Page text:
This publication is a first response of the OECD to the issue of what role is, or can be, assigned to SOEs as part of national development strategies. The first part of the publication overviews the experiences of five countries (Brazil, China, India, Singapore and South Africa) with using SOEs, and other government-controlled entities as agents of their development strategies. The second part reviews the growing internationalisation of SOEs through foreign trade and investment. These show implications that the usefulness of SOEs in promoting economic development hinges on a number of factors, not least the level of economic development at the beginning of the process. Indeed, if the government’s ambition is to follow a development path already trod by numerous comparable nations it is relatively easy to hammer out a strategy and provide the SOEs with company-specific objectives toward the fulfilment of the strategy. However, experience also shows that some crucial conditions generally need to be met for such SOE-based strategies to be successful, taking into account the capacity of national bureaucracies and avoiding possible adverse impacts on international trade and investment.
OECD and partners are promoting active use of the Guidance by companies throughout the mineral supply chain, industry associations, financial institutions, and civil society organisations.
This article by Roel Nieuwenkamp talks about the trend of hardening of soft law in the domain of responsible business conduct. It argues that legislative proposals related to existing international instruments should not seek to reinvent the wheel, but to reinforce it. Existing instruments that are widely recognised and proven to be effective and reasonable should represent a foundation for their legally-binding counterparts.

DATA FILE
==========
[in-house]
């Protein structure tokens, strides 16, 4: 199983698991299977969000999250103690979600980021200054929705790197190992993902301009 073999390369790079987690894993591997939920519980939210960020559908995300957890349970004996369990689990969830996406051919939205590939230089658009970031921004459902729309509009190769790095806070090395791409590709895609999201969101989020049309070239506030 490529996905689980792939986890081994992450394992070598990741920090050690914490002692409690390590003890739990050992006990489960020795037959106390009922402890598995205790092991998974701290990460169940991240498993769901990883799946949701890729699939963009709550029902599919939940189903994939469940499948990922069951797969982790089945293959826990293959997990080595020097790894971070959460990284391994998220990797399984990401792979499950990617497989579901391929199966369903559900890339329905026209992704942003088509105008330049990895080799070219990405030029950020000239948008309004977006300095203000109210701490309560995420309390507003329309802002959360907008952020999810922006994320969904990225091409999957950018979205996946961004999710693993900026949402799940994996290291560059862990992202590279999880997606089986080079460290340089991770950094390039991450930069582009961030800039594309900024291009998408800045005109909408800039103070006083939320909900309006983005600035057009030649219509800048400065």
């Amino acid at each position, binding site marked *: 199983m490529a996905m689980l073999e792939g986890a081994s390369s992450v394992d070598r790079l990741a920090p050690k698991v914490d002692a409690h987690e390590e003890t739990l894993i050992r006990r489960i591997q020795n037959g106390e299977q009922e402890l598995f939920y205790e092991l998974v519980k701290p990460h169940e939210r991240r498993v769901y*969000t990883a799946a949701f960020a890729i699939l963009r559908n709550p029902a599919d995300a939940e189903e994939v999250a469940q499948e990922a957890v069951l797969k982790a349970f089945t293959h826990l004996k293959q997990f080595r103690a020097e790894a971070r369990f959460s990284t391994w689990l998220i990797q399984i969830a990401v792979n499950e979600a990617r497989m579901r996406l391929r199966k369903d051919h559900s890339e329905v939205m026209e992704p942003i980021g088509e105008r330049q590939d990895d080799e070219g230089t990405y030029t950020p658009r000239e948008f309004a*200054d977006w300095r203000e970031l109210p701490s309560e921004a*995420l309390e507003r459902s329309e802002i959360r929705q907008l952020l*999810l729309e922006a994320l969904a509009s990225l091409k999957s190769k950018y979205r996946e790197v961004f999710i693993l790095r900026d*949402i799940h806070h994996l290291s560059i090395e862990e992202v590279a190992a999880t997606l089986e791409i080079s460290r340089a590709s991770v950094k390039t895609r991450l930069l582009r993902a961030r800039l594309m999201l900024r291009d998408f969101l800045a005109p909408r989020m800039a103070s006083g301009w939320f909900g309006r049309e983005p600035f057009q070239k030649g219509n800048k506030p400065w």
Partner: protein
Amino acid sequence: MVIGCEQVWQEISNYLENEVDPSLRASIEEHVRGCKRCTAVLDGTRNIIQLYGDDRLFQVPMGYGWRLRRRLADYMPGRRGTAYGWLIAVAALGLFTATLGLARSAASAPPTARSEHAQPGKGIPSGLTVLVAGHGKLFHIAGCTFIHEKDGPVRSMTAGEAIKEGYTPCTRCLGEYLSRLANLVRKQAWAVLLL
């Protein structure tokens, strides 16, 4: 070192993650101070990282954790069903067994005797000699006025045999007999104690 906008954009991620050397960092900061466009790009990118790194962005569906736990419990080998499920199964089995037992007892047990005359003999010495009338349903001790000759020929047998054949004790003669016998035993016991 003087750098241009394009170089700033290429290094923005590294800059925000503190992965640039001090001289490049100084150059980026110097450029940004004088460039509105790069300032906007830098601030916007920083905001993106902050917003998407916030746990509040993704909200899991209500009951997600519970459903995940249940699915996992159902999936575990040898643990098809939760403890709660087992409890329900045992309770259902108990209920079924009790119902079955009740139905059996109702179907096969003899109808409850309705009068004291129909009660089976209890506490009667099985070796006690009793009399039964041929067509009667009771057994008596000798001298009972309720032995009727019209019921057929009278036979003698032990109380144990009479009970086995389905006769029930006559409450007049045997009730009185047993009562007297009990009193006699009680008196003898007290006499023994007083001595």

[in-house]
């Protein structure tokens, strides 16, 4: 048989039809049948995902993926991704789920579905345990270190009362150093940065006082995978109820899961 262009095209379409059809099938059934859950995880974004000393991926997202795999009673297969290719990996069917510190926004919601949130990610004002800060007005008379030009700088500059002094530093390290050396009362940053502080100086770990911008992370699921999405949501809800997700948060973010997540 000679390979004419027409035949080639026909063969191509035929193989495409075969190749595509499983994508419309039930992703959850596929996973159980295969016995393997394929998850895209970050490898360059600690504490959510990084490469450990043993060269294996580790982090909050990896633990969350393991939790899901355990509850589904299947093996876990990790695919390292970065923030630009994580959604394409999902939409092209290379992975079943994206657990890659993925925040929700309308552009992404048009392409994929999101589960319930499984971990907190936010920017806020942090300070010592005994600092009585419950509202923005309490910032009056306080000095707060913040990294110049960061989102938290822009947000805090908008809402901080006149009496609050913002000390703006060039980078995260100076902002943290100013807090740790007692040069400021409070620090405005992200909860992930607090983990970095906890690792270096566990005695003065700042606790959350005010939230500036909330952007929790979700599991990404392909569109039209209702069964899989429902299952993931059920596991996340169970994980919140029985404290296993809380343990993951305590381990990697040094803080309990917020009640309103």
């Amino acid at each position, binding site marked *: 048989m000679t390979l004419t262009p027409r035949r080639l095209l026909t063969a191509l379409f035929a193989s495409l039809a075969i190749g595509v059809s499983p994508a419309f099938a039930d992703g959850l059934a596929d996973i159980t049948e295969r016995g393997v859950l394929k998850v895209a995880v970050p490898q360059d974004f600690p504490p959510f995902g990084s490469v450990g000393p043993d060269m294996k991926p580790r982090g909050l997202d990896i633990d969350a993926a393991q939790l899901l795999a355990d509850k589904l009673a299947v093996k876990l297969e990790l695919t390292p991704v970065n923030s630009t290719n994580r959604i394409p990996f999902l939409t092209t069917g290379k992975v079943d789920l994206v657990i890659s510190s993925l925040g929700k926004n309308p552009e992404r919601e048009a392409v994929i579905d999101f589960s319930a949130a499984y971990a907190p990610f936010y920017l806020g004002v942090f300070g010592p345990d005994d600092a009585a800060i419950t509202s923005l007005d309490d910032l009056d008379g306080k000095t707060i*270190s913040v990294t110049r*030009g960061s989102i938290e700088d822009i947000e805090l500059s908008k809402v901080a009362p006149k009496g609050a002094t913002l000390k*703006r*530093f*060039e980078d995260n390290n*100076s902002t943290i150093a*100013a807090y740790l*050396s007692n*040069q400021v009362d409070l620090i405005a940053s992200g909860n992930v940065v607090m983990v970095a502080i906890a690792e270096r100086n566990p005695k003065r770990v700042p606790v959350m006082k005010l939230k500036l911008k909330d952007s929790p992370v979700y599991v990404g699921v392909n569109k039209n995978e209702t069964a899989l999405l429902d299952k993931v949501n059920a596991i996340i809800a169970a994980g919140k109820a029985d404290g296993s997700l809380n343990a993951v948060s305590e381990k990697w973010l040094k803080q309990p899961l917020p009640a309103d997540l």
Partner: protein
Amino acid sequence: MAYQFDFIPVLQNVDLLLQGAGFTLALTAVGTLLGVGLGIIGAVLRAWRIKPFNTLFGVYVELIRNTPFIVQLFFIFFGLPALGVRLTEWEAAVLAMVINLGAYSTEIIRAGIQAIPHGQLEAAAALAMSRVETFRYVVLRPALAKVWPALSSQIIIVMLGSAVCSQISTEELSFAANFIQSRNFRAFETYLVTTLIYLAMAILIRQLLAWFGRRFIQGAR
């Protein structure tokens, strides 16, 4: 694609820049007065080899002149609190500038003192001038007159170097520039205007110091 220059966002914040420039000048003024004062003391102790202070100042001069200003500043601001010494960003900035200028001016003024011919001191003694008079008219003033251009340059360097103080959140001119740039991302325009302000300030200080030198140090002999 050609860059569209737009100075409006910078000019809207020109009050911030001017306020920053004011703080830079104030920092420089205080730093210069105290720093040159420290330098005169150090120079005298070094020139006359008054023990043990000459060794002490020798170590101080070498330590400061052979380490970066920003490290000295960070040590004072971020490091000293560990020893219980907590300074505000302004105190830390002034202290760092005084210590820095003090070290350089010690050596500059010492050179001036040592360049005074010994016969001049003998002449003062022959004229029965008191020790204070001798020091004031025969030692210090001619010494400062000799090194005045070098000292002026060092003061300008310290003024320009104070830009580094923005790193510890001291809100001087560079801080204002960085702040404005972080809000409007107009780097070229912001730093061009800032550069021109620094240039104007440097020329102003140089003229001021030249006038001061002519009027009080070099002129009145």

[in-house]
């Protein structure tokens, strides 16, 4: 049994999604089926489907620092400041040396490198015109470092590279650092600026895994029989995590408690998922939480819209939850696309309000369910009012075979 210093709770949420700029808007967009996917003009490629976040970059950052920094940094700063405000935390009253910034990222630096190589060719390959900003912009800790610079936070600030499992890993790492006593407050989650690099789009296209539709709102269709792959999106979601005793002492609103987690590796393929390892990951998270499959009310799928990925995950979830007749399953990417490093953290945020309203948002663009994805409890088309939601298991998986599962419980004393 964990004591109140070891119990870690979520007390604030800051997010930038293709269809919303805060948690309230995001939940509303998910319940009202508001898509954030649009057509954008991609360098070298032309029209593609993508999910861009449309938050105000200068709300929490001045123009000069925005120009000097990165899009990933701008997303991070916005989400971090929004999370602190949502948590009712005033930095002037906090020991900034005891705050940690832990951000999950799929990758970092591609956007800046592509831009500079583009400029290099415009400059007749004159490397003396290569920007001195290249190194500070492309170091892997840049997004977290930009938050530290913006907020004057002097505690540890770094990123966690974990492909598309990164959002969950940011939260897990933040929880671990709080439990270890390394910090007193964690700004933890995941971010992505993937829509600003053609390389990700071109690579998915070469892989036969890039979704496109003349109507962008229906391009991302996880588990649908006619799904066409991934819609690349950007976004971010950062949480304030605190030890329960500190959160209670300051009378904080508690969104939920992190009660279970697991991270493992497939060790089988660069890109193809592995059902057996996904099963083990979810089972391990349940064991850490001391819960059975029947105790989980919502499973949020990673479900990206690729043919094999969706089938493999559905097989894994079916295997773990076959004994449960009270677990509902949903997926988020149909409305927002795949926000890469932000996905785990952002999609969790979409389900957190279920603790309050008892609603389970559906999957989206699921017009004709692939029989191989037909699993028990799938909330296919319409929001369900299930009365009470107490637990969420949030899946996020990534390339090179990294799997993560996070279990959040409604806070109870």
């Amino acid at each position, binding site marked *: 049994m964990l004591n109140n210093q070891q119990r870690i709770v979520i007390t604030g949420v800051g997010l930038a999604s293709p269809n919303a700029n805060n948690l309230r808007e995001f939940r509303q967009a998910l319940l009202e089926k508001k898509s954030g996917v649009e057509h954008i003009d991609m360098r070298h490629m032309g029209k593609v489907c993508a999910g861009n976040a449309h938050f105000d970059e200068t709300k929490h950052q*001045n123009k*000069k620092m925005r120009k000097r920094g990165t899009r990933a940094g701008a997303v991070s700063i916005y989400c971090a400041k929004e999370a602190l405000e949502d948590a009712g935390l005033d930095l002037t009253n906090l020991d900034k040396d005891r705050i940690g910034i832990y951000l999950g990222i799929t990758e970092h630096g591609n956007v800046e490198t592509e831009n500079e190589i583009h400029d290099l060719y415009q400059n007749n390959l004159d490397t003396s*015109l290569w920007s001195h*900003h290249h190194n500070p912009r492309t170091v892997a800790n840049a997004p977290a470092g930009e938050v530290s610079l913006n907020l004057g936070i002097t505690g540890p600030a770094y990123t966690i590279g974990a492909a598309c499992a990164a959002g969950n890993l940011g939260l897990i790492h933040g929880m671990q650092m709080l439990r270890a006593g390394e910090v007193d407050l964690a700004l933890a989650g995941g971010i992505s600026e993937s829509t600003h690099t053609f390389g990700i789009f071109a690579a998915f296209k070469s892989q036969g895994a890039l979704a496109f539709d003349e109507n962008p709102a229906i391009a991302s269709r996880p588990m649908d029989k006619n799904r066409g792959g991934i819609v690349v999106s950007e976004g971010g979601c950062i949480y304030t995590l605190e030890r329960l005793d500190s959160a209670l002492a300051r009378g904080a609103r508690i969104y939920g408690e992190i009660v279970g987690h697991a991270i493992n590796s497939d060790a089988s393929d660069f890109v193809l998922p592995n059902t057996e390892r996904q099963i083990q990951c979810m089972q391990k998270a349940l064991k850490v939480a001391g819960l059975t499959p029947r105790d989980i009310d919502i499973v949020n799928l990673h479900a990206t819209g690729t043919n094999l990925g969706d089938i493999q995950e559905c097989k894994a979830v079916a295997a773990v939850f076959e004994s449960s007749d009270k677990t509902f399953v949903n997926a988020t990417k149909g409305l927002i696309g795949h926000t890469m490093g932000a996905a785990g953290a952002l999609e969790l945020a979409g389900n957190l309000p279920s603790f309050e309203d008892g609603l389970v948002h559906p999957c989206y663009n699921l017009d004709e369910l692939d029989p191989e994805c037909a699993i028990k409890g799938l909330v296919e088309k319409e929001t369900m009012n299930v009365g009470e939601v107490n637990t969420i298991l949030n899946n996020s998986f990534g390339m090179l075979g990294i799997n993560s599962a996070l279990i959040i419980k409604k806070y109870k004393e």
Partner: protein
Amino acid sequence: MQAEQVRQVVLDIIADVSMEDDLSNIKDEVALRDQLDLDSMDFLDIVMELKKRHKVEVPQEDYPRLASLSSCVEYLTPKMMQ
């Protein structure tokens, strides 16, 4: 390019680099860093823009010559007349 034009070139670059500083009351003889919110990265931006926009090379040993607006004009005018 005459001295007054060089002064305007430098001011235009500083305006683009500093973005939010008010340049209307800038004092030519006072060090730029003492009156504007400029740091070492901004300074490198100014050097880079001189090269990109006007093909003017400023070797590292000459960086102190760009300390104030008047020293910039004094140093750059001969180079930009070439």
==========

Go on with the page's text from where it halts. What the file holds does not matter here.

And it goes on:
The promotion of responsible business conduct has taken an important step forward with the launch of a new reporting framework. Businesses now have no excuse for not explaining how they’re meeting their human rights obligations.
10 April 2015 - Istanbul, Turkey. Participants debated the content and the direction of the ongoing review of the OECD Principles of Corporate Governance. It also addressed issues of systemic importance to sustainable private sector growth, including the institutionalisation of growth companies and SMEs and capital market development in emerging market economies.
English, PDF, 360kb
Poor corporate governance was identified as a major factor in Indonesia’s economic crisis in 1997. Since then a wide range of laws and regulations have been introduced and standards developed. Sound corporate governance will reassure stakeholders that their rights are protected, thus building confidence and trust in doing business in Indonesia.
English, PDF, 357kb
Infrastructure investment in Indonesia was seriously impaired by the 1997 Asian financial crisis. Indonesia plans to increase investment sharply through both public spending and private finance. Yet, Indonesia lacks suitable long-term investment vehicles and capital markets are still developing.
Today the discourse on “conflict minerals” has changed. It’s not just about conflict-free, it's about promoting responsible sourcing of minerals from conflict areas, despite the challenges. This blog discusses the urgent need to create responsible supply chains of artisanal gold, and support the livelihoods of miners in the informal gold industry, and how OECD guidance can help companies do this.
This report evaluates the corporate governance framework for the Latvian state-owned enterprise sector relative to the OECD Guidelines on Corporate Governance of State-Owned Enterprises. The report was prepared at the request of the Republic of Latvia. It is based on a review involving all OECD countries.
This Network provides a forum for regional dialogue and co-operation. It mainly covers the member economies of the Southern Africa Development Community (SADC) to support regional and national reformers in their efforts to improve the performance of SOEs.